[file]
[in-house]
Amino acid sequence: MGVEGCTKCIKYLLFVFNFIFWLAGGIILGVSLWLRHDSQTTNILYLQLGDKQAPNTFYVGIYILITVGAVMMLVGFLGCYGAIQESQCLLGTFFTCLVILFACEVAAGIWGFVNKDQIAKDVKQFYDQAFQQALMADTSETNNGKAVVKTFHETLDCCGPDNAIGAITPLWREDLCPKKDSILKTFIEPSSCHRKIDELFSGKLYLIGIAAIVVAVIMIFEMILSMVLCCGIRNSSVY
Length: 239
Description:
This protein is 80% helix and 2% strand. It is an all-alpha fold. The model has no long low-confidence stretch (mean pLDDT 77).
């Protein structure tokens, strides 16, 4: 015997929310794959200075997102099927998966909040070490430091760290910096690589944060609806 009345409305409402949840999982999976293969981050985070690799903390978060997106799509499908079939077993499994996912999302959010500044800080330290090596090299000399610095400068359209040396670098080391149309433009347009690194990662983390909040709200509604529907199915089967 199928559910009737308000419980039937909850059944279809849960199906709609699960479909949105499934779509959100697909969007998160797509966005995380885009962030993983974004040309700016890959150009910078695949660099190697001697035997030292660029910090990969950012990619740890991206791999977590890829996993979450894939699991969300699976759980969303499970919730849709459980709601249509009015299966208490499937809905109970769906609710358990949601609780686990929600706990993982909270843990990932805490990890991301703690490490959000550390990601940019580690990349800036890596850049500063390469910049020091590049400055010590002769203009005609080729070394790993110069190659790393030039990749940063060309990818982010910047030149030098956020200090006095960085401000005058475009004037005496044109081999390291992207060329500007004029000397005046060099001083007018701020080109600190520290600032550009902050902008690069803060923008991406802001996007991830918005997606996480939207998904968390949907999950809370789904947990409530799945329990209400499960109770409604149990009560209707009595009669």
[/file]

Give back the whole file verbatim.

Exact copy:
[in-house]
Amino acid sequence: MGVEGCTKCIKYLLFVFNFIFWLAGGIILGVSLWLRHDSQTTNILYLQLGDKQAPNTFYVGIYILITVGAVMMLVGFLGCYGAIQESQCLLGTFFTCLVILFACEVAAGIWGFVNKDQIAKDVKQFYDQAFQQALMADTSETNNGKAVVKTFHETLDCCGPDNAIGAITPLWREDLCPKKDSILKTFIEPSSCHRKIDELFSGKLYLIGIAAIVVAVIMIFEMILSMVLCCGIRNSSVY
Length: 239
Description:
This protein is 80% helix and 2% strand. It is an all-alpha fold. The model has no long low-confidence stretch (mean pLDDT 77).
């Protein structure tokens, strides 16, 4: 015997929310794959200075997102099927998966909040070490430091760290910096690589944060609806 009345409305409402949840999982999976293969981050985070690799903390978060997106799509499908079939077993499994996912999302959010500044800080330290090596090299000399610095400068359209040396670098080391149309433009347009690194990662983390909040709200509604529907199915089967 199928559910009737308000419980039937909850059944279809849960199906709609699960479909949105499934779509959100697909969007998160797509966005995380885009962030993983974004040309700016890959150009910078695949660099190697001697035997030292660029910090990969950012990619740890991206791999977590890829996993979450894939699991969300699976759980969303499970919730849709459980709601249509009015299966208490499937809905109970769906609710358990949601609780686990929600706990993982909270843990990932805490990890991301703690490490959000550390990601940019580690990349800036890596850049500063390469910049020091590049400055010590002769203009005609080729070394790993110069190659790393030039990749940063060309990818982010910047030149030098956020200090006095960085401000005058475009004037005496044109081999390291992207060329500007004029000397005046060099001083007018701020080109600190520290600032550009902050902008690069803060923008991406802001996007991830918005997606996480939207998904968390949907999950809370789904947990409530799945329990209400499960109770409604149990009560209707009595009669």